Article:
By reading the footnotes before reading anything else, you can quickly find out about all the unusual “things” going on at the company. It’s usually these unusual “things” that can affect a company’s future or health. Following are the key things you should dig for:
- Assets and liabilities that aren’t on the balance sheet: According to accounting rules, companies are permitted, for various reasons, to keep certain assets or liabilities off the balance sheet. As you can imagine, this can be a huge issue for you as an investor and you should take a closer look at this section. You can read more about analyzing a company’s balance sheet here.
- Understanding pension liabilities: Company’s footnotes usually disclose the size of the pension obligations. Pensions can take a huge chunk of profit remaining for the shareholders. Usually, if the company’s pension is underfunded, some of the shareholder profits are diverted to its pension plan. Pensions can also affect how much money a company can afford or allocate towards building new products, which can in turn slow down the company’s future growth.
- Changes to accounting and inventory: You should always be slightly suspicious and ask yourself why a company might decide to change its accounting treatment. A good way is to compare the accounting treatment with other companies in the same industry. Watch out when a company make its earnings look good by using accounting methods.
- Debt repayment timeline: You should always strive to understand whether a company has borrowed too much. One way to assess this is by knowing when a company’s debt matures, or is due. A company must either pay off the debt with cash, or refinance, by replacing the debt with a new loan at a higher current interest rates when the debt matures.
Examining What the Auditor’s Opinion Means For You as an Investor
- Auditor Changes or Disagreements: In case you find out that the company has changed auditors or says that it disagrees with its accountants, it is a huge warning that you may not be able to trust the numbers.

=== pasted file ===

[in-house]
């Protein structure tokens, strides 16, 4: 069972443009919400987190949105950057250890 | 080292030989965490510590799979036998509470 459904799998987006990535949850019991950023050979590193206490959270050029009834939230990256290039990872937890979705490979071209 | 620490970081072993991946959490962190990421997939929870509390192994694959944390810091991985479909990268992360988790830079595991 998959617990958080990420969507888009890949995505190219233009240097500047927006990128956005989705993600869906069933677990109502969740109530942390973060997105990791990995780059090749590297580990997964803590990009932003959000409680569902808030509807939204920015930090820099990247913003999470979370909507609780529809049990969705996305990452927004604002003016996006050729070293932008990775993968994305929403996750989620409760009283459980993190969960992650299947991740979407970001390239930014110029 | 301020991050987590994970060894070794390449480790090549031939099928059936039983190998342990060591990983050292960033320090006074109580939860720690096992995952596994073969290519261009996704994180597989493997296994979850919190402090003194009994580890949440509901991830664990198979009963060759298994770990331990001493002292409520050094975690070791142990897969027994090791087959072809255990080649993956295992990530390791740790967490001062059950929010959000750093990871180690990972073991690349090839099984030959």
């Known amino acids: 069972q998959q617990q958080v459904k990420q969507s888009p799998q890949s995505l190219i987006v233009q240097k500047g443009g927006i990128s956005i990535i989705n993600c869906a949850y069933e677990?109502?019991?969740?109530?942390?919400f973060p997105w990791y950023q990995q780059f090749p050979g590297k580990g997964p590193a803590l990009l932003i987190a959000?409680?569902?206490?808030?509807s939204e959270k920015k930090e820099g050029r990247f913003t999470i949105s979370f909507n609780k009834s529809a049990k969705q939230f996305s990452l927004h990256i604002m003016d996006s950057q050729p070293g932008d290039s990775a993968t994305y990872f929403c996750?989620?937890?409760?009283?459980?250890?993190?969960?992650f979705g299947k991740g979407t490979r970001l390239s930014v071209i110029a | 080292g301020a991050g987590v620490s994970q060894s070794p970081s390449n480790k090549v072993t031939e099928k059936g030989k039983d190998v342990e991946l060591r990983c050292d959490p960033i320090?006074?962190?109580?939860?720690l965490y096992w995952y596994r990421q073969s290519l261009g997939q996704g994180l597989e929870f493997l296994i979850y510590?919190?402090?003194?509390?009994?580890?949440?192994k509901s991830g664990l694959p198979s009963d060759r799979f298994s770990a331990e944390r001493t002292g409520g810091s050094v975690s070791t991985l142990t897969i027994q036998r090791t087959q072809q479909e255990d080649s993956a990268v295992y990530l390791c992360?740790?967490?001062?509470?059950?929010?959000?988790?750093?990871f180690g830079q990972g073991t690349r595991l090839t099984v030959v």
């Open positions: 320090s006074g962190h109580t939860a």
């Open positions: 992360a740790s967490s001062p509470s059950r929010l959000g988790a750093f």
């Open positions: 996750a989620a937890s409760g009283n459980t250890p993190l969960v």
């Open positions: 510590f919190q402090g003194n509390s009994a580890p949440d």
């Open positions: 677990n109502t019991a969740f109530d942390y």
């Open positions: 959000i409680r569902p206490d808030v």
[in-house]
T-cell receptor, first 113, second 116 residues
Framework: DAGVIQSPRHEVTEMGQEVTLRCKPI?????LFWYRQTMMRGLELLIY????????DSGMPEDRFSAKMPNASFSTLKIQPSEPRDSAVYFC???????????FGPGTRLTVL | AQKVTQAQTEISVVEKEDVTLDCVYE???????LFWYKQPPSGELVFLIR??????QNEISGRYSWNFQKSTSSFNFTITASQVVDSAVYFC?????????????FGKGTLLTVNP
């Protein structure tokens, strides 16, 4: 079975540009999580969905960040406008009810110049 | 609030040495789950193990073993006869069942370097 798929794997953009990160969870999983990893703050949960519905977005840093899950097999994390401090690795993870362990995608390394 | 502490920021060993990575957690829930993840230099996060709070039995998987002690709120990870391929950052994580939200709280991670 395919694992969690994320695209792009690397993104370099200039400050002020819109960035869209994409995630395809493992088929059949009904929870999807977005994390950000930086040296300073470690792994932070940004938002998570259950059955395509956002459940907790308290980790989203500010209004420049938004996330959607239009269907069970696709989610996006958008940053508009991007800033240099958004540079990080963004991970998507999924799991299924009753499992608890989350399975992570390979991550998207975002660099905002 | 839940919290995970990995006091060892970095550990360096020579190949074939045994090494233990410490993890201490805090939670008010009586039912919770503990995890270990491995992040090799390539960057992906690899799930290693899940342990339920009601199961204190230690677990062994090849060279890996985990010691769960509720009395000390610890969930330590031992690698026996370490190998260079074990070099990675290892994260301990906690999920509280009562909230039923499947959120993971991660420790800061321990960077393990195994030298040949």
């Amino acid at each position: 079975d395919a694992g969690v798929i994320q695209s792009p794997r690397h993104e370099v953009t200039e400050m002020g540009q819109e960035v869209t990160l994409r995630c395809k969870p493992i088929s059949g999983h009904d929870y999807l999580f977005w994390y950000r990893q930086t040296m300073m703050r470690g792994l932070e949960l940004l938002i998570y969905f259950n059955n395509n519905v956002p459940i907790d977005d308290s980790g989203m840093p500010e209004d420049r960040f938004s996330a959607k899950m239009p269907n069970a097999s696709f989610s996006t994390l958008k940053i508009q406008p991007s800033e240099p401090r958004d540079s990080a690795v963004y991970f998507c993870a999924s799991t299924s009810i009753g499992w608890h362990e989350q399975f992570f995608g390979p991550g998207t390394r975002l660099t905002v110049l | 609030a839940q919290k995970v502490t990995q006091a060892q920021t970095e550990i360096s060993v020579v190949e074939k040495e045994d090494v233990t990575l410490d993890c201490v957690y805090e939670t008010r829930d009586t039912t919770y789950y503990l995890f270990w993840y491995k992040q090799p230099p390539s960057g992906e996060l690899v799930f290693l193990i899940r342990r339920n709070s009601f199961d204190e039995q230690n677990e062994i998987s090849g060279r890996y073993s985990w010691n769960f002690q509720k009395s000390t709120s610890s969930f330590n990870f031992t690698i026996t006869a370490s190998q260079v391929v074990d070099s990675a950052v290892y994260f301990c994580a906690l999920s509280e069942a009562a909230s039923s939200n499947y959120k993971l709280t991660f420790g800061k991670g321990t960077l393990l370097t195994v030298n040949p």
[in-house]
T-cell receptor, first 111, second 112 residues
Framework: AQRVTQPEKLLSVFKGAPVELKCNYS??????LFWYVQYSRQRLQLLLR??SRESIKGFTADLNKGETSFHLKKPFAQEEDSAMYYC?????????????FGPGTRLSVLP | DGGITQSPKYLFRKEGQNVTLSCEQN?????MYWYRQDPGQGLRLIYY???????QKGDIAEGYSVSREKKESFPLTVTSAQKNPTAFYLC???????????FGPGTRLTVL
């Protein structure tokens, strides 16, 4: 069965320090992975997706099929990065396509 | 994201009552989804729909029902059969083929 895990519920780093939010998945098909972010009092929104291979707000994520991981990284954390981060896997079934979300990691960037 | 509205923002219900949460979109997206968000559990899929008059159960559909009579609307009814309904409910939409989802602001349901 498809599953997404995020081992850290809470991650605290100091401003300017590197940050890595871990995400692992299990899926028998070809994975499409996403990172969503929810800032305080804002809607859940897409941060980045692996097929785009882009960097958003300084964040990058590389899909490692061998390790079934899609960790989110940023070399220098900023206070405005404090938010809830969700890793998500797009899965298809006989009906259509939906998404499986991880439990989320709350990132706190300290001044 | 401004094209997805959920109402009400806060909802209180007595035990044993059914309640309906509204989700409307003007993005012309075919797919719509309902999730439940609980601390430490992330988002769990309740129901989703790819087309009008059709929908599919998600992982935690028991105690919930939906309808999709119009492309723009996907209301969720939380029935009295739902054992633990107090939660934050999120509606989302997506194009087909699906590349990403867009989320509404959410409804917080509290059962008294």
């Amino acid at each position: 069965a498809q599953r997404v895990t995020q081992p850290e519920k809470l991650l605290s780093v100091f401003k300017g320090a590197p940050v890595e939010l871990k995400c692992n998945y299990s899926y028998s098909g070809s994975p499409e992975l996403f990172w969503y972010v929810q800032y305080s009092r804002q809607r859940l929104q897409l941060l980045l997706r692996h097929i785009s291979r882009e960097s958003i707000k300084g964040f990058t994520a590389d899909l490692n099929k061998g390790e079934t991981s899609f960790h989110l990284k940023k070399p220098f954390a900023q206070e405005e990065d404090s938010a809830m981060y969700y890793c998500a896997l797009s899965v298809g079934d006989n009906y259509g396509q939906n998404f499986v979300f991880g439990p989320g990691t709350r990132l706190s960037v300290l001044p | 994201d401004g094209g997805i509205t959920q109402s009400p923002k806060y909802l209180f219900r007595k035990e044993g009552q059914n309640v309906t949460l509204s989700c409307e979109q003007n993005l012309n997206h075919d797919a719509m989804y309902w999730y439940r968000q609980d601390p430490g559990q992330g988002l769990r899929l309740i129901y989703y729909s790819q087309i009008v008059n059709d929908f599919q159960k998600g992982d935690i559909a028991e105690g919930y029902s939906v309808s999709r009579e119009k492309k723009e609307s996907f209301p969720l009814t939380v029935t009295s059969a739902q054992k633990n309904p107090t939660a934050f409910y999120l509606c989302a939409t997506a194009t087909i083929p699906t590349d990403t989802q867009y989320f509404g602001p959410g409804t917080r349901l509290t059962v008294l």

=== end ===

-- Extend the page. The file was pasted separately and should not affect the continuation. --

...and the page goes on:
- Auditor’s Report: If the auditors question a company’s ability to stay in business, it is a red flag. Instead, you should always see some language which says that the financial statements represent the company’s financial position.
By reading this article, you should have a road map of what you need to do and look for in a company’s 10-K report. It will help you figure out information and determine the kind of things that companies can easily bury in these documents and hope it is not noticed by anybody.
Other Investing Articles by me
- How To Build Wealth Passively Using Dividend Reinvestment Plans?https://medium.com/swlh/the-snowball-effect-how-to-compound-your-wealth-using-dividends-d92b719ffe79
- Fundamental Analysis Using Company’s Income Statement: https://firstname.lastname@example.org/stock-investing-fundamental-analysis-using-companys-income-statement-37b0d80531f1
- Fundamental Analysis Using Company’s Balance Sheet: https://email@example.com/stock-investing-fundamental-analysis-using-companys-balance-sheet-153531d98f8b
- Fundamental Analysis Using Free Cash Flow Statement:https://firstname.lastname@example.org/stock-investing-fundamental-analysis-using-free-cash-flow-statement-454beaa7f00
- Fundamental Analysis Using Key Ratios: https://email@example.com/stock-investing-fundamental-analysis-using-key-ratios-ed02f32e88ae
Amrut is a Full Stack Software Engineer who is passionate about designing and developing web and mobile applications. He likes to write about technology, coding, investing, trading, finance, and economics. In his free time, Amrut likes to understand business models of publicly traded companies and analyze their financial statements. He strongly believes in adding value to people’s lives through quality work and empower people to take control of their personal finances.